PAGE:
Ineos is expected to begin work at one or both of its shale gas exploration sites at Bramleymoor Lane, Marsh Lane, in Derbyshire, and Common Road, Harthill in south Yorkshire (but see Decisions and challenges). This year is also likely to see seismic testing at Clumber Park in Nottinghamshire after the National Trust dropped its refusal to allow Ineos access to the site.
Ineos, like the rest of the companies awarded licences in the 14th round, are now half way through the five-year initial, or exploration, stage of their licences, with no wells drilled and permission granted for just two sites. Collectively, these companies have until July 2021 to complete drilling, fracking and testing commitments in their work programmes. The total commitment amounts to:
- 37 firm commitment vertical wells
- 14 firm commitment fracked horizontal wells
- 47 drill or drop wells
- 3D seismic testing in 15 licence areas
- 2D seismic testing in 40 licence areas
Changing the rules
Will the industry increase pressure on ministers to relax the seismic traffic light system. These are the rules which require companies to pause fracking for 18 hours if they induce tremors measuring 0.5ML or more? That looks likely following strong hints from both Cuadrilla and Ineos.
Cuadrilla’s two-month fracking operation at Preston New Road triggered 57 seismic events, the largest of which measured 1.5ML and was felt by local people. The company said it had paused fracking five times.
And will the government give way? Claire Perry said in October 2018 it would be “foolish” to change the rules at that stage. But she told The Times for a report published on Boxing Day that “the limits would need to be reviewed when the industry became operational”.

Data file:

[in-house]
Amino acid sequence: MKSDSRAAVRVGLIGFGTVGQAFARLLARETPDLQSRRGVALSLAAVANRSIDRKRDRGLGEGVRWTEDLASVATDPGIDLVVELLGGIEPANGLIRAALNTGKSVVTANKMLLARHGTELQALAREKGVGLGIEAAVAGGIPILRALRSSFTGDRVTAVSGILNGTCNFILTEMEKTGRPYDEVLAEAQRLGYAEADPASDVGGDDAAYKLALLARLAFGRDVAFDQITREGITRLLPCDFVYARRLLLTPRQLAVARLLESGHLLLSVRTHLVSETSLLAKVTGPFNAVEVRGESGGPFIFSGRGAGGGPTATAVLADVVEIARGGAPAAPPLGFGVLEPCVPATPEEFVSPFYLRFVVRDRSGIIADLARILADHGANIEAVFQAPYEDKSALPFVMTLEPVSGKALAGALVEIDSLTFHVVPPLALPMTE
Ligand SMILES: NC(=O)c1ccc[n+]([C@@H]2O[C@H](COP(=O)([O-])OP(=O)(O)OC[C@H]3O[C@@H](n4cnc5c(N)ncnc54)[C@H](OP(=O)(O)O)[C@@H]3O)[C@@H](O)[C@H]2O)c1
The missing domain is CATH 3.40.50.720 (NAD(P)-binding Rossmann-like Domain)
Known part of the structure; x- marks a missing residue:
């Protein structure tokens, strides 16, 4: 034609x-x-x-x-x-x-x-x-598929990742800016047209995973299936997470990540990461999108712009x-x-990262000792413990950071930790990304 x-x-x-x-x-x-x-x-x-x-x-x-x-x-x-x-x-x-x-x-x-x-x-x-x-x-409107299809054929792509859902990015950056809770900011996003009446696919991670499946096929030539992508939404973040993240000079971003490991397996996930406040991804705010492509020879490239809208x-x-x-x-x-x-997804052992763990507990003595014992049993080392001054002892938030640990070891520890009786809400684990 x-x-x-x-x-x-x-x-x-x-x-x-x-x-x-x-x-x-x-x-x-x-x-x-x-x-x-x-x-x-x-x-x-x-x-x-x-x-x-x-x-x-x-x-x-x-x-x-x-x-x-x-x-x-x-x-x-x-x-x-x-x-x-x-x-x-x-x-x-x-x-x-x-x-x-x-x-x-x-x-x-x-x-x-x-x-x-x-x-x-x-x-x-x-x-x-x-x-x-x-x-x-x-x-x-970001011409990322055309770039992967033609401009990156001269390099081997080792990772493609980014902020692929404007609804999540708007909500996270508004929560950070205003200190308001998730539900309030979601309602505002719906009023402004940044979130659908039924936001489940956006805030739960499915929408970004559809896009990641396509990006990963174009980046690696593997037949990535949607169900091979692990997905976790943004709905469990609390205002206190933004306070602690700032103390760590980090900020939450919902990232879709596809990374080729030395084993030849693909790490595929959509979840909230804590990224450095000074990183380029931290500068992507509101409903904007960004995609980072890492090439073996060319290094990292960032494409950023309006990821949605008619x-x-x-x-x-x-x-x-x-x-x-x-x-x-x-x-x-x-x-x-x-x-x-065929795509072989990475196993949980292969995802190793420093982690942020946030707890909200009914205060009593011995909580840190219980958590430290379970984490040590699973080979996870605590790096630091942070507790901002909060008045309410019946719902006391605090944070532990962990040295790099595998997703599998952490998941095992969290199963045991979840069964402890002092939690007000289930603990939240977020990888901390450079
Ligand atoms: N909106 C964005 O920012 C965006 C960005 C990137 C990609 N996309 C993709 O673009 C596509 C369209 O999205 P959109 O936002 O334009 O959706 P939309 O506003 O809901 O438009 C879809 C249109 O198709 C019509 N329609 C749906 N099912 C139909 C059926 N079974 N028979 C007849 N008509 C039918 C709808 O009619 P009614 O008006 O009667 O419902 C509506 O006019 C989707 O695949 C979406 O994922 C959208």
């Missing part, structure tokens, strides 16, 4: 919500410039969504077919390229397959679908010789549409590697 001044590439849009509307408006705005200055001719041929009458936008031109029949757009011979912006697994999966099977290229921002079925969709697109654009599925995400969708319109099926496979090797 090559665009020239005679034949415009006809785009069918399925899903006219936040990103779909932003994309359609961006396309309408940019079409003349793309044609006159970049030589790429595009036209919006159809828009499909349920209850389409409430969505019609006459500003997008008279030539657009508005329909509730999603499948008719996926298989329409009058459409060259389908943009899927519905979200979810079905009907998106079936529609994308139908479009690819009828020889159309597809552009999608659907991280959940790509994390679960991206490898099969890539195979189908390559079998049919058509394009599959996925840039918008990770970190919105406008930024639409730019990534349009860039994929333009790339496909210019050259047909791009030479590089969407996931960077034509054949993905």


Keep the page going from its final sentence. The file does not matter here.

The government is expected to announce the results of a consultation on whether to treat non-fracking shale gas schemes as permitted development, avoiding the need for planning permission. The consultation, which ended in October 2018, also considered a proposal to classify major production sites as nationally significant infrastructure.
Conservative councillors and MPs have opposed the proposals and the government was warned that it could lose its parliamentary majority if the issue went to a vote.
Decisions and challenges
The Scottish government is expected to finalise its policy against fracking in Spring 2019. This follows a second consultation, which ended in December 2018. The first consultation in 2017 attracted more than 60,000 responses, the vast majority opposing fracking. Ineos and Reach Coal Seam Gas brought a legal challenge the current moratorium but the judge ruled the case was premature because the government’s policy had not been finalised.